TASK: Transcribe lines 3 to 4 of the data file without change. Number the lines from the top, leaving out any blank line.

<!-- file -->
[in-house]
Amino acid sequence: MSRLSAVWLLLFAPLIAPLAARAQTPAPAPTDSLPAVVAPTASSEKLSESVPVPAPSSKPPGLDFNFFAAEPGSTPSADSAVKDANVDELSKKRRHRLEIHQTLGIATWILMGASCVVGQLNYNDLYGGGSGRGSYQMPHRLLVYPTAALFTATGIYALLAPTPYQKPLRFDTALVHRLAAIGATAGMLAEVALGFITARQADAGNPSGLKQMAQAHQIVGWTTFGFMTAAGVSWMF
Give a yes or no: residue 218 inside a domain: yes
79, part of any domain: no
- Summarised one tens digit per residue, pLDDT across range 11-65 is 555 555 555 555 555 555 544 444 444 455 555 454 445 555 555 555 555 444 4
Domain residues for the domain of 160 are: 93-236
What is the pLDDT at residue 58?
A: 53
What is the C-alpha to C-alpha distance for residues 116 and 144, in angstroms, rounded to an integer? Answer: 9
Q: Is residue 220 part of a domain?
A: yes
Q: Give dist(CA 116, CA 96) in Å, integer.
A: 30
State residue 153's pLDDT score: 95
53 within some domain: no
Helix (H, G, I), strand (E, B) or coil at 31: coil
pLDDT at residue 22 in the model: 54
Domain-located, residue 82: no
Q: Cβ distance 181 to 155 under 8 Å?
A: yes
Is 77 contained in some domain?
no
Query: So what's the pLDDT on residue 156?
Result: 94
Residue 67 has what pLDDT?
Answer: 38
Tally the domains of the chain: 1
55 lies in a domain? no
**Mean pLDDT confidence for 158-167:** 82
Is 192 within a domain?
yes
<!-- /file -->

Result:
Give a yes or no: residue 218 inside a domain: yes
79, part of any domain: no